March 4, 1998
Today was a very happy day for me after reading Ruth Reichl's personal story, "Go Ask Alice" (Feb. 25). I was swept into someone else's life. It felt magical. Ms. Reichl's family history shows us how very much we need each other through the good times and the bad times. I only wish that I, too, could have dined with Aunt Birdie and Alice. NANCY TORRECILLAS Beverly Hills Ruth Reichl's article, "Go Ask Alice," was wonderful. The storytelling reminded me of M.F.K. Fisher (one of my favorite authors)
January 1, 2001 |
I am spending most of my holiday season handling--reading, deleting, answering--about 3,500 e-mails, and right now I am about halfway through. As I read all these e-mails, I am thinking of lots of advice for the writers. Of course, I write from the position of someone who already has broken one of the cardinal tenets of e-mail: Answer your mail. So please take this column in the spirit intended: Someone far from perfect is trying to pass along some helpful advice.
March 4, 2010
"Alice in Wonderland" Alice returns to the whimsical world she first encountered as a young girl, to find her true destiny and to end the Red Queen's reign of terror. "Brooklyn's Finest" In the course of one chaotic week, the lives of three conflicted New York City police officers are dramatically transformed by their involvement in a massive drug operation. "Liverpool" A merchant sailor returns to his home in Tierra del Fuego after spending most of his life at sea. "Ran" A reissue of the 1985 Akira Kurosawa film about a warlord and his three sons, who find themselves struggling with greed and betrayal.
April 11, 2013 |
All dressed up with cool places to go, the pretty young things of "Lotus Eaters" are very rich and extravagantly bored. Alexandra McGuinness' first feature isn't quite as aimless as the millennial jet-setters it portrays, but it's at least as good-looking and stylish. And even though the handsome black-and-white lensing is no substitute for a compelling story, it helps, infusing the skin-deep sketches of emotional enervation with aesthetic energy - for a while. The movie's London clique partake of the usual sex, drugs and clubbing, the bathtubs full of bubbly, and, of course, accouter their pet lemurs with jeweled collars.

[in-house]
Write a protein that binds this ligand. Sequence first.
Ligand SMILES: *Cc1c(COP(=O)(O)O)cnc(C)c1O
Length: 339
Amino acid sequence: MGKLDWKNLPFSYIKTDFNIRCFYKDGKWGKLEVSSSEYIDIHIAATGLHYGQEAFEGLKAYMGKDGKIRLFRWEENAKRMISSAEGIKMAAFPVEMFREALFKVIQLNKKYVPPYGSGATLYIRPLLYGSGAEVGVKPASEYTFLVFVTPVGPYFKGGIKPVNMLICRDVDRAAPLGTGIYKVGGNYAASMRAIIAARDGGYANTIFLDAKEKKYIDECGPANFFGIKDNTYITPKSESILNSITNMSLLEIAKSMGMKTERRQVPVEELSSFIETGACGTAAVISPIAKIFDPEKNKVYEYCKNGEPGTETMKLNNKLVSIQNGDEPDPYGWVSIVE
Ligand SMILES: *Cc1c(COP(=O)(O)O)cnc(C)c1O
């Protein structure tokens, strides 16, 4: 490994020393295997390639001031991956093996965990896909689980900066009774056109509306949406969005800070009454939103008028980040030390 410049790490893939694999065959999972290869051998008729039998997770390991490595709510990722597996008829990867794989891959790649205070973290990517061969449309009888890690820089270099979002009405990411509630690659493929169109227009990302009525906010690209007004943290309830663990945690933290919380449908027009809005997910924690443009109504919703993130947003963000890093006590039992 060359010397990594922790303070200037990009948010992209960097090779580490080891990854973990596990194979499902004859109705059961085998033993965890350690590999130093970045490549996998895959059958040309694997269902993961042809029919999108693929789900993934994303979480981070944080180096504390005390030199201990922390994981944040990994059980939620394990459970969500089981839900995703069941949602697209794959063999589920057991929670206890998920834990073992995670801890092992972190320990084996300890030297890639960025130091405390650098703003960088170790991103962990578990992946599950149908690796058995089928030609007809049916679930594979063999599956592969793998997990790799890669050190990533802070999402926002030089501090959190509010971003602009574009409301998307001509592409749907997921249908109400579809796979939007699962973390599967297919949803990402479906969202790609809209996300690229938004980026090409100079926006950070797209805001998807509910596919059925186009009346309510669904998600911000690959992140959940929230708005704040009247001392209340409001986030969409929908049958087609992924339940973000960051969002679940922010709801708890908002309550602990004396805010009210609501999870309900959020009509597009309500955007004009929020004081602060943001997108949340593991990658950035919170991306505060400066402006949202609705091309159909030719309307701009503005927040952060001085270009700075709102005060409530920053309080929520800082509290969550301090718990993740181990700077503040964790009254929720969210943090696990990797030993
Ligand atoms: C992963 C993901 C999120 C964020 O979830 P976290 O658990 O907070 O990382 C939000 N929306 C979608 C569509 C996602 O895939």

September 11, 1987 |
"In my book, it's called 'Alice in Wonderland,' " a young audience member announced as Robin Scott's new play "Alice in Numberland" began at the California Museum of Science and Industry. Faithful to Carroll's classic and to his interest in numbers (he taught mathematics), Scott's play is a clever take-off aimed at demystifying math for elementary school-age children.
November 19, 2012 |
OK, Twihards, I'm guessing that by now you've seen "The Twilight Saga: Breaking Dawn -- Part 2" at least seven times since the film opened Friday. With its CinemaScore grade of A, it's no surprise that you are all satisfied with the ending. That being said, if life has somehow got in the way of your screening opportunities and you have yet to see the conclusion to "Twilight," please stop reading. The post below is filled with spoilers. For those of you who spent your weekend in the world of Forks, Wash., you know that the conclusion of the film is far different than the conclusion of the book.
August 21, 2011 |
The Todds "When we were trying to sell 'Austin Powers,' we got a lot of pushback," Suzanne Todd recalls. "A studio head at the time [took] the point to call himself to say to me, 'Passing on this project, and I also want to tell you as your friend that I think this material is disgusting and you're a nice girl and you shouldn't sully you career by taking on this kind of material.' And I remember thinking, not only was that a pretty aggressive pass, but I was sort of insulted by the idea that he needed to look out for me. " The Todd sisters have produced some big hits, including all three of the "Austin Powers" movies, "Memento" and "Alice in Wonderland.
August 29, 1998 |
The art museum at Pepperdine University looks like a modern medieval carnival, both delightful and haunted. Kids are sure to love it. Cutouts of life-size angels hover near the high ceiling. Lower, serried ranks of framed pictures resemble illuminated manuscript pages. In mid-gallery stands a colorful wood tableau of the Mad Hatter's tea party. Wait a minute. "Alice in Wonderland" isn't medieval. That's right, and neither is the guy who made all this, DeLoss McGraw. A longtime, scantly noticed Southland artist in his mid-50s, he's finally accorded appropriate exposure in a 80-work traveling survey put together for the Scottsdale Center for the Arts by its curator Debra L. Hopkins.